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Sri Bhashyam Konayamma, Minor, by Her Next Friend and Father Nedamamarli Kandala Tiruvengala Bhasyakaracharyulu Vs. Sri Bhashyam Rangacharayulu, Minor, by His Guardian and anr. - Court Judgment

LegalCrystal Citation
CourtChennai
Decided On
Judge
Reported in110Ind.Cas.782
AppellantSri Bhashyam Konayamma, Minor, by Her Next Friend and Father Nedamamarli Kandala Tiruvengala Bhasyak
RespondentSri Bhashyam Rangacharayulu, Minor, by His Guardian and anr.
Cases Referred and Dwarka Nath Misser v. Ram Protap Misser
Excerpt:
civil procedure code (act v of 1908), section 9 - suit to recover share of sishyadayam offerings--jurisdiction of civil court. - .....task has been to ascertain what is the custom sat up in para. 3 (9) of the plaint. it is clearly a family custom so much is clear. plaintiff a family and defendant's family are two divided branches of what was once a joint hindu family. it is a family of gurus. though divided, plaintiff's late husband and 1st defendant had joint disciples.my finding, therefore, is that the first part of the custom alleged (marked a) is both admitted and proved. as regards the second part (marked b), it is not proved that a widow continues to enjoy a share of the offerings made by disciples who were joint to her husband and another but that it is proved that she may appoint a sagotra to continue her husband's work as guru and to receive offerings from her husband's former disciples.judgment.--the.....
Judgment:

The lower Appellate Court has not given a finding oa the question whether the custom set up by the plaintiff in para. 3 (9) of the plaint has been proved to exist. We must call for a lading on the question and also on the question as to the amount due to the plaintiff on account of the offerings.

The parties will not be allowed to adduce fresh evidence. The findings are to be submitted in one month from the date of this order. One week will be allowed for objections.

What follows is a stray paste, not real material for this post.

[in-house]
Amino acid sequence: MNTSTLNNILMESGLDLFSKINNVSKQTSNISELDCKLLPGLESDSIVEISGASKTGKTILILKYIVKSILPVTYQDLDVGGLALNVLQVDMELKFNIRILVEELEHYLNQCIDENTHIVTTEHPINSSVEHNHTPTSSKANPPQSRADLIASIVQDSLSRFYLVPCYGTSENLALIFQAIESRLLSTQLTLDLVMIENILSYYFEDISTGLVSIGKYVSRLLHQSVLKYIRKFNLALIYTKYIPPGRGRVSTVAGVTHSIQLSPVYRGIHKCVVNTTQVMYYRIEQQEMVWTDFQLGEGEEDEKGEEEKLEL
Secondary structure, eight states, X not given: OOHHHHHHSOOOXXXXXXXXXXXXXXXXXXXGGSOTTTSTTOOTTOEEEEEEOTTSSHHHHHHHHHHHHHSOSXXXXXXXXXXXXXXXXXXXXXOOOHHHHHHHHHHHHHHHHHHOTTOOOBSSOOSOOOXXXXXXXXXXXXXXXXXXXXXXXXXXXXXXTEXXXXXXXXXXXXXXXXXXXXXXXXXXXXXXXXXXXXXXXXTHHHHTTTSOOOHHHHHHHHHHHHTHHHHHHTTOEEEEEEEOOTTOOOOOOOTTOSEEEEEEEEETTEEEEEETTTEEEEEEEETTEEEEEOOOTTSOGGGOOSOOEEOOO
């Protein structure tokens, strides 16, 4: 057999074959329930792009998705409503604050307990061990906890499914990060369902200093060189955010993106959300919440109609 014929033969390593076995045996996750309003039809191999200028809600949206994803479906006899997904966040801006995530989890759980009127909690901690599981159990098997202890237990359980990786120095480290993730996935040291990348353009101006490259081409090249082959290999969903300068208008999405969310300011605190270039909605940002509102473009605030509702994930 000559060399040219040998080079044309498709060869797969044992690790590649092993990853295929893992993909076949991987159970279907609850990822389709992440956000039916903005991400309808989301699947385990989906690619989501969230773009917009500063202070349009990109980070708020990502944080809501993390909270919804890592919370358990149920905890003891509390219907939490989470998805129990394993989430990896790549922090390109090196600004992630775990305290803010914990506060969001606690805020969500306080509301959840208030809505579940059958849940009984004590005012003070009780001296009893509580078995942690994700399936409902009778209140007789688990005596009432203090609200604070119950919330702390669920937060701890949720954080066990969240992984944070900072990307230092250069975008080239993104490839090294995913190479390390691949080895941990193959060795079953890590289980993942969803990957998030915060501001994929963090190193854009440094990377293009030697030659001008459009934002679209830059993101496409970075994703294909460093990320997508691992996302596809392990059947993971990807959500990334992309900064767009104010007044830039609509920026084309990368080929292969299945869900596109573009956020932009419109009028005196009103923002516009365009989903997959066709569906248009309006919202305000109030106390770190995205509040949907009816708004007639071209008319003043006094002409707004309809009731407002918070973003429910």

In compliance with the order contained in the above judgment the District Judge of Ganjam submitted the following

Findings.

This appeal has been sent back by the High Court for findings on two points.

The first point is 'whether the custom set by the plaintiff in para. 3 (9) of the plaint has been proved to exist.' Not the least difficult part of my task has been to ascertain what is the custom sat up in para. 3 (9) of the plaint. It is clearly a family custom so much is clear. Plaintiff a family and defendant's family are two divided branches of what was once a joint Hindu family. It is a family of gurus. Though divided, plaintiff's late husband and 1st defendant had joint disciples.

My finding, therefore, is that the first part of the custom alleged (marked A) is both admitted and proved. As regards the second part (marked B), it is not proved that a widow continues to enjoy a share of the offerings made by disciples who were joint to her husband and another but that it is proved that she may appoint a sagotra to continue her husband's work as guru and to receive offerings from her husband's former disciples.

Judgment.--The plaintiff is the Widow of a divided brother of the 1st defendant. The plaintiff's deceased husband and the 1st defendant were gurus who offered spiritual advice and ministrations to a large number of persona. Though divided, the plaintiff's late husband and the 1st defendant had joint disciples. The plaintiff alleged a family custom that if one guru dies his widow should continue so enjoy a half share of the offerings (technically called sishyadayan) made by joint disciples and collected by the other guru. The suit out of which this second appeal arises was instituted by the plaintiff to recover her portion of the offerings said to have been collected by the 1st defendant basing her right on the alleged family custom. The 1st defendant contended that the offerings made by the sishyas do not form heritable property and that he had not made any collections. The District Munsif held that the alleged custom was proved but was of opinion that the offerings were not heritable property, that they were not made to the 1st defendant for the plaintiff also, and that there was no evidence for the plaintiff regarding the amount collected by the 1st defendant. He, therefore, dismissed the plaintiff's claim for the sishadayam said to have been collected by the 1st defendant. On appeal the learned District Judge without giving a definite finding on the question of custom affirmed the judgment of the. District Munsif stating that the plaintiff cannot succeed in enforcing her right in a Court of Law against the 1st defendant for her share in, the family offerings.

Before finally disposing of the case we called for a finding from the lower Court as regards the existence of the alleged custom. The learned District Judge has now found that the custom has not been proved.